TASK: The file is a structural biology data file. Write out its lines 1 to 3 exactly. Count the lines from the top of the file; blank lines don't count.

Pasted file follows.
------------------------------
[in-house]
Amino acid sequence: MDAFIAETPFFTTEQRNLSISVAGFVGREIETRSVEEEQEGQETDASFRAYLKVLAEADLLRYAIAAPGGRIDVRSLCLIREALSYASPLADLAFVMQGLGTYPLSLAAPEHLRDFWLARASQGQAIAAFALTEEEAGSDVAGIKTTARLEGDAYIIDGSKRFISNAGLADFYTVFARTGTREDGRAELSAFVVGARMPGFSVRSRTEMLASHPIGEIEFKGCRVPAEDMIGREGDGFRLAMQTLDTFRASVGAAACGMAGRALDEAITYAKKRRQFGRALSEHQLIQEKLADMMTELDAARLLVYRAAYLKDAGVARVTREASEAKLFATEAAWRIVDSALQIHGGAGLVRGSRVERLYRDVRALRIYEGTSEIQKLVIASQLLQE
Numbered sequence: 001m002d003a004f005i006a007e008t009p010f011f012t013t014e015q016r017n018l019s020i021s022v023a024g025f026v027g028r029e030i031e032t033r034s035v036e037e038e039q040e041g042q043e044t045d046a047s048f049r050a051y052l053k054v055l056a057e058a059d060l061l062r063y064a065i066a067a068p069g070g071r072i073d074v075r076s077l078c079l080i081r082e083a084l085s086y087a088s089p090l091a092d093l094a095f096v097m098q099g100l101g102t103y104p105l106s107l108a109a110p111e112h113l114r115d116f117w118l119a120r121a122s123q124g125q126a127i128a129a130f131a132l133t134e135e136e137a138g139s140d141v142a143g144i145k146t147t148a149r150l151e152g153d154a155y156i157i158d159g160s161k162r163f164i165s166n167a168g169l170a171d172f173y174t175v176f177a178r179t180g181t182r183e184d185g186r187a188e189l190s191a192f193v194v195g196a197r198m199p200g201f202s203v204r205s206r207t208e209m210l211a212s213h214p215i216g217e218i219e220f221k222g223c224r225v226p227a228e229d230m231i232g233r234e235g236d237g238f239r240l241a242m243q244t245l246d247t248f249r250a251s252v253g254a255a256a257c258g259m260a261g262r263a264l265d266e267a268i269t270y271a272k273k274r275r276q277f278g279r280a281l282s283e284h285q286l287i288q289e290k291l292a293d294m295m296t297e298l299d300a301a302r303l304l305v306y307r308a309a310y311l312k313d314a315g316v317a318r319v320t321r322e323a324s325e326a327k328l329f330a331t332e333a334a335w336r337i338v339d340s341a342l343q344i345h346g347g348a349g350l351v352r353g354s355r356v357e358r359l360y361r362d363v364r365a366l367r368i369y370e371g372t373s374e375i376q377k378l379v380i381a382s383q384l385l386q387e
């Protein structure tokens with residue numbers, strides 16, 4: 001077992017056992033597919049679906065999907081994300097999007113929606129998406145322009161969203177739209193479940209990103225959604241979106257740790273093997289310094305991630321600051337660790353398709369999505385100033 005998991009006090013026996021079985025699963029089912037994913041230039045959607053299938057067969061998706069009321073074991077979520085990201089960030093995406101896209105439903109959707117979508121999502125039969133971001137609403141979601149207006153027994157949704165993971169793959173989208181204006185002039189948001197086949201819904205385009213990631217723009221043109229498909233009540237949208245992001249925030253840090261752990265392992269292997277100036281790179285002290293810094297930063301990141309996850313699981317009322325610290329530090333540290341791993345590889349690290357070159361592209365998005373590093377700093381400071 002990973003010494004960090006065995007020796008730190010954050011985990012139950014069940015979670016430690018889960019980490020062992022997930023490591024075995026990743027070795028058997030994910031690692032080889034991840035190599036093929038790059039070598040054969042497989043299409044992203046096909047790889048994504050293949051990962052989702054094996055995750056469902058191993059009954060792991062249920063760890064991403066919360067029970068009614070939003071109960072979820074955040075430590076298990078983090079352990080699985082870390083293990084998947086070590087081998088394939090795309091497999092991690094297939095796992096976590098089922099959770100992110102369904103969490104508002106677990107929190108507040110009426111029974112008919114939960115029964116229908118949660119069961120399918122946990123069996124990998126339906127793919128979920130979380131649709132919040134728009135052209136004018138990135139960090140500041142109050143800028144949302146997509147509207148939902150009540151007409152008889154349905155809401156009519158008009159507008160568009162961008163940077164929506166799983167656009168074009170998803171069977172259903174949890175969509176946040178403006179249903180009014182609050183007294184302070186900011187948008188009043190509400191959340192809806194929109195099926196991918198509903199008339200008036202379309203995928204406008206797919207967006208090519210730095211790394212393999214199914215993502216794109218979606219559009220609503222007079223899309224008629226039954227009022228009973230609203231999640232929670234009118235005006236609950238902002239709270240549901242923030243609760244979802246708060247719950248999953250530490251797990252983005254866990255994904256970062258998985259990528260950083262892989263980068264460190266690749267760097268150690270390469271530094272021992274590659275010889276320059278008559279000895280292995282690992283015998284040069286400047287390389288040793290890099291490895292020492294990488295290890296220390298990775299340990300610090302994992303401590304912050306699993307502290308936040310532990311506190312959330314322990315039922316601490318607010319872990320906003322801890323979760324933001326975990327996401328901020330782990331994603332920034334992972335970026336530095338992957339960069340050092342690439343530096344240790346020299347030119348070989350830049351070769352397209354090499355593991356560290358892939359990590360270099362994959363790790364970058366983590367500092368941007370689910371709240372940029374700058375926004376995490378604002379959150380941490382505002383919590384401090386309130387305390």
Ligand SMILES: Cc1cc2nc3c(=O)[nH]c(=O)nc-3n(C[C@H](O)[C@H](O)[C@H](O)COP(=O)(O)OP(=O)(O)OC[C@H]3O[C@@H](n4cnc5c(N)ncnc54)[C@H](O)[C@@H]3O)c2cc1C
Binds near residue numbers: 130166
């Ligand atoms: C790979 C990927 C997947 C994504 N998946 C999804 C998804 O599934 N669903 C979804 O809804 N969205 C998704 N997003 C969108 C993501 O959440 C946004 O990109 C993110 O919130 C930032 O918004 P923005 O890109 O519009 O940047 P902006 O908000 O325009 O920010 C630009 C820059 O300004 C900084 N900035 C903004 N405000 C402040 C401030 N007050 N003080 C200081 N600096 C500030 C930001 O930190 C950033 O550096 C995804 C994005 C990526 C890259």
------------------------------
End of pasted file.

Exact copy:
[in-house]
Amino acid sequence: MDAFIAETPFFTTEQRNLSISVAGFVGREIETRSVEEEQEGQETDASFRAYLKVLAEADLLRYAIAAPGGRIDVRSLCLIREALSYASPLADLAFVMQGLGTYPLSLAAPEHLRDFWLARASQGQAIAAFALTEEEAGSDVAGIKTTARLEGDAYIIDGSKRFISNAGLADFYTVFARTGTREDGRAELSAFVVGARMPGFSVRSRTEMLASHPIGEIEFKGCRVPAEDMIGREGDGFRLAMQTLDTFRASVGAAACGMAGRALDEAITYAKKRRQFGRALSEHQLIQEKLADMMTELDAARLLVYRAAYLKDAGVARVTREASEAKLFATEAAWRIVDSALQIHGGAGLVRGSRVERLYRDVRALRIYEGTSEIQKLVIASQLLQE
Numbered sequence: 001m002d003a004f005i006a007e008t009p010f011f012t013t014e015q016r017n018l019s020i021s022v023a024g025f026v027g028r029e030i031e032t033r034s035v036e037e038e039q040e041g042q043e044t045d046a047s048f049r050a051y052l053k054v055l056a057e058a059d060l061l062r063y064a065i066a067a068p069g070g071r072i073d074v075r076s077l078c079l080i081r082e083a084l085s086y087a088s089p090l091a092d093l094a095f096v097m098q099g100l101g102t103y104p105l106s107l108a109a110p111e112h113l114r115d116f117w118l119a120r121a122s123q124g125q126a127i128a129a130f131a132l133t134e135e136e137a138g139s140d141v142a143g144i145k146t147t148a149r150l151e152g153d154a155y156i157i158d159g160s161k162r163f164i165s166n167a168g169l170a171d172f173y174t175v176f177a178r179t180g181t182r183e184d185g186r187a188e189l190s191a192f193v194v195g196a197r198m199p200g201f202s203v204r205s206r207t208e209m210l211a212s213h214p215i216g217e218i219e220f221k222g223c224r225v226p227a228e229d230m231i232g233r234e235g236d237g238f239r240l241a242m243q244t245l246d247t248f249r250a251s252v253g254a255a256a257c258g259m260a261g262r263a264l265d266e267a268i269t270y271a272k273k274r275r276q277f278g279r280a281l282s283e284h285q286l287i288q289e290k291l292a293d294m295m296t297e298l299d300a301a302r303l304l305v306y307r308a309a310y311l312k313d314a315g316v317a318r319v320t321r322e323a324s325e326a327k328l329f330a331t332e333a334a335w336r337i338v339d340s341a342l343q344i345h346g347g348a349g350l351v352r353g354s355r356v357e358r359l360y361r362d363v364r365a366l367r368i369y370e371g372t373s374e375i376q377k378l379v380i381a382s383q384l385l386q387e